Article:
There are also efforts that are made by individual linguists to revive languages through the use of audiotapes, videotapes, and written books. Dictionaries on the languages have also been published and preserved. There are also other simple forms such as Sirayan language that is available in the form of Bible which is the Gospel of Mathew. This will ensure that even though the language disappears, the knowledge that is associated with the language will not vanish.
In 2012, Google launched Endangered Language Project which made great efforts of reviving languages that were at a great risk of extinction. The aim of the project is to compile information on research that has been done on the languages that are becoming extinct. It also serves as a forum where linguists can meet to discuss on the ways through which languages which are almost becoming extinct can be revived.
The dominance of languages such as English and Spanish are threatening the survival of 54 indigenous languages that are used in Northwest Pacific plateau of North America. There is only one person who is remaining who uses Siletz-Dee-ni, which is one of the last languages used in Oregon region.
Despite the above information, when a language dies, it does not mean that it will be forgotten forever. Efforts can be made to revive a language. Hebrew language was the only language to be revived by Zionists about a century ago who argued that they needed language that would unify them and create a territory for them.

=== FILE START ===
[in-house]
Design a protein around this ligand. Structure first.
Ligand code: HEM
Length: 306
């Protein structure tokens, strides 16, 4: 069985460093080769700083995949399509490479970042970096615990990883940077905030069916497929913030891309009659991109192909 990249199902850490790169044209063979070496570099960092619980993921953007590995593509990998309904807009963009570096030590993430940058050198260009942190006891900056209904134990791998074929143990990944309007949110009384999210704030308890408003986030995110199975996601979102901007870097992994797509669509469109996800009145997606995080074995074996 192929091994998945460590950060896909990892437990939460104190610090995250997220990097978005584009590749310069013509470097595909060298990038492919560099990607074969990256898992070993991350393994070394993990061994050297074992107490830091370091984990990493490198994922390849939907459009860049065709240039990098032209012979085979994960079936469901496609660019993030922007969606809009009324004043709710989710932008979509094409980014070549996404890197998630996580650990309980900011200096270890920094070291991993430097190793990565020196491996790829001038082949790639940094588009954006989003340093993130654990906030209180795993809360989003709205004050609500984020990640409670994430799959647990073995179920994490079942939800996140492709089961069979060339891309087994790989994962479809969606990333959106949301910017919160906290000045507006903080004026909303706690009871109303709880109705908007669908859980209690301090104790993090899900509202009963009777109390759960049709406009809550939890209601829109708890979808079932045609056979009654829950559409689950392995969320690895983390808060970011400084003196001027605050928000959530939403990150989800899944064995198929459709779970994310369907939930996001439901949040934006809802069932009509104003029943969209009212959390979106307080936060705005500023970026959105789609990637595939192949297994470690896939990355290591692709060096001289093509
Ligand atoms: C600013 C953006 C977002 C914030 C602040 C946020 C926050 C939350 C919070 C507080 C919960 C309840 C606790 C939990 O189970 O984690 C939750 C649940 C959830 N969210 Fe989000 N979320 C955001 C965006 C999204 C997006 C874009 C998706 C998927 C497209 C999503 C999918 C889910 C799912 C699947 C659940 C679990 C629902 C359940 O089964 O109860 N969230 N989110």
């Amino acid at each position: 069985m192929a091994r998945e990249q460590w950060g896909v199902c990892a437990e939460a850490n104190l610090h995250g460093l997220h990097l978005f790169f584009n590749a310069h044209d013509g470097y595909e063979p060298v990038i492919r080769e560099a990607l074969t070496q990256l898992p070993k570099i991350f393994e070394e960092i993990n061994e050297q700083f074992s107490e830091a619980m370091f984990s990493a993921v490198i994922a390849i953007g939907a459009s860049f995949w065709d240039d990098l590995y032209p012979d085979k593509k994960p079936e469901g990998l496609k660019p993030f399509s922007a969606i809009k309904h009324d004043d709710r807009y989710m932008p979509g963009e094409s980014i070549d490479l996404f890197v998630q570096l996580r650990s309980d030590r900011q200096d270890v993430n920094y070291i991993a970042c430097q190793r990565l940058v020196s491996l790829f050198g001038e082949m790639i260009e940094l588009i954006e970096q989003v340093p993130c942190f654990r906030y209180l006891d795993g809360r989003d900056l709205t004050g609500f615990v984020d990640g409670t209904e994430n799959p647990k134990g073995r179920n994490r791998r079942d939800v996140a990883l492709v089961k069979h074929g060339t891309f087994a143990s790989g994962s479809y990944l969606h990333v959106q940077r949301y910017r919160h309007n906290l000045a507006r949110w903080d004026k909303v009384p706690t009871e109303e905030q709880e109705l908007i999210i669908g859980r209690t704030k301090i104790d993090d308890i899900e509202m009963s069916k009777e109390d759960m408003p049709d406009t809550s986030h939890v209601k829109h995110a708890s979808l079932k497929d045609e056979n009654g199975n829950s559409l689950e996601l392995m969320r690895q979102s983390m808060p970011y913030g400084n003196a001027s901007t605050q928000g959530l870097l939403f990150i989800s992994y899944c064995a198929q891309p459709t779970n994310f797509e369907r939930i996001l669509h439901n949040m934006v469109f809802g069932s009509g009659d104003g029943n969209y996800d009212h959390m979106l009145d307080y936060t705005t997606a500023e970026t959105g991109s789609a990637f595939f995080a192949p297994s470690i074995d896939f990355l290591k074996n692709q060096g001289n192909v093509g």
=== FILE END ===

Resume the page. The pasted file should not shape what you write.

There are also efforts that are being made to revive Cornish language that is used in Southwestern England. Ethnologue which is a standard guide for all the languages in the world has listed Cornish as one of the nine languages that are in the ‘awakening’ stage. The nine languages do not have native speakers but they rather have L2 speakers who have acquired or learned the language from friends and family. Recently, Cornwall has several people who are using Cornish in their conversations.
One of the striking things about Cornish language is that it did not have any native speakers or it was not used regularly for the past two centuries. This sets it apart from Manx which was the indigenous language that was used in Isle of Man. It was taken off the list of extinct languages by UNESCO, a cultural body that is an arm of UN. The last speaker of the language died in 1974 and there are efforts that are made to revive the language ever since.